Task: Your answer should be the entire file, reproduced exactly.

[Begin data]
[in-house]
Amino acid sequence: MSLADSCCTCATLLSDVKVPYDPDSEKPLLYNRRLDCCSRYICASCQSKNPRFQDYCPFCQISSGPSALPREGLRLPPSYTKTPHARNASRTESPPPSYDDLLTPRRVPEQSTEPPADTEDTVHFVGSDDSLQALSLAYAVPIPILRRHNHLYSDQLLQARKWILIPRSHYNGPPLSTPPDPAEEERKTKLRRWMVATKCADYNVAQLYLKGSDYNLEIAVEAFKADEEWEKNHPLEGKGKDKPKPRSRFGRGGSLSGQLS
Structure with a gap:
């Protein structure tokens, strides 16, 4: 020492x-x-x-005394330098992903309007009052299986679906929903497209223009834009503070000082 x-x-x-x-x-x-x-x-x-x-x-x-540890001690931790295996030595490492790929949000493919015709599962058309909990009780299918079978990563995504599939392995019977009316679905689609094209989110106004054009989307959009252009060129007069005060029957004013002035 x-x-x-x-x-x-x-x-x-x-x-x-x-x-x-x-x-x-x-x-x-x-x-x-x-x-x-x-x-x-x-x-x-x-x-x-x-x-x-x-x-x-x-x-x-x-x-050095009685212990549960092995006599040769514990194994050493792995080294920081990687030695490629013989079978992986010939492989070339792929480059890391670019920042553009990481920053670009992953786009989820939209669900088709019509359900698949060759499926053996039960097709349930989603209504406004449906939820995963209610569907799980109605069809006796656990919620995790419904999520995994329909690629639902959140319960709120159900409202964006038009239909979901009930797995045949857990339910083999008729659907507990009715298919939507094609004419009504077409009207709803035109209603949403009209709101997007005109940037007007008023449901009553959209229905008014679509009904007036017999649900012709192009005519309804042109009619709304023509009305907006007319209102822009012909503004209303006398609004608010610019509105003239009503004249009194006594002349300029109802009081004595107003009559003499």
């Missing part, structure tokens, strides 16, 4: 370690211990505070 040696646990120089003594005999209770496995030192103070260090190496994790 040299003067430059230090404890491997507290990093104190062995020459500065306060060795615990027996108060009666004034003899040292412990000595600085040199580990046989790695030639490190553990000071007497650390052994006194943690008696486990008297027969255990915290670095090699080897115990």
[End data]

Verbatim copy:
[in-house]
Amino acid sequence: MSLADSCCTCATLLSDVKVPYDPDSEKPLLYNRRLDCCSRYICASCQSKNPRFQDYCPFCQISSGPSALPREGLRLPPSYTKTPHARNASRTESPPPSYDDLLTPRRVPEQSTEPPADTEDTVHFVGSDDSLQALSLAYAVPIPILRRHNHLYSDQLLQARKWILIPRSHYNGPPLSTPPDPAEEERKTKLRRWMVATKCADYNVAQLYLKGSDYNLEIAVEAFKADEEWEKNHPLEGKGKDKPKPRSRFGRGGSLSGQLS
Structure with a gap:
């Protein structure tokens, strides 16, 4: 020492x-x-x-005394330098992903309007009052299986679906929903497209223009834009503070000082 x-x-x-x-x-x-x-x-x-x-x-x-540890001690931790295996030595490492790929949000493919015709599962058309909990009780299918079978990563995504599939392995019977009316679905689609094209989110106004054009989307959009252009060129007069005060029957004013002035 x-x-x-x-x-x-x-x-x-x-x-x-x-x-x-x-x-x-x-x-x-x-x-x-x-x-x-x-x-x-x-x-x-x-x-x-x-x-x-x-x-x-x-x-x-x-x-050095009685212990549960092995006599040769514990194994050493792995080294920081990687030695490629013989079978992986010939492989070339792929480059890391670019920042553009990481920053670009992953786009989820939209669900088709019509359900698949060759499926053996039960097709349930989603209504406004449906939820995963209610569907799980109605069809006796656990919620995790419904999520995994329909690629639902959140319960709120159900409202964006038009239909979901009930797995045949857990339910083999008729659907507990009715298919939507094609004419009504077409009207709803035109209603949403009209709101997007005109940037007007008023449901009553959209229905008014679509009904007036017999649900012709192009005519309804042109009619709304023509009305907006007319209102822009012909503004209303006398609004608010610019509105003239009503004249009194006594002349300029109802009081004595107003009559003499």
């Missing part, structure tokens, strides 16, 4: 370690211990505070 040696646990120089003594005999209770496995030192103070260090190496994790 040299003067430059230090404890491997507290990093104190062995020459500065306060060795615990027996108060009666004034003899040292412990000595600085040199580990046989790695030639490190553990000071007497650390052994006194943690008696486990008297027969255990915290670095090699080897115990």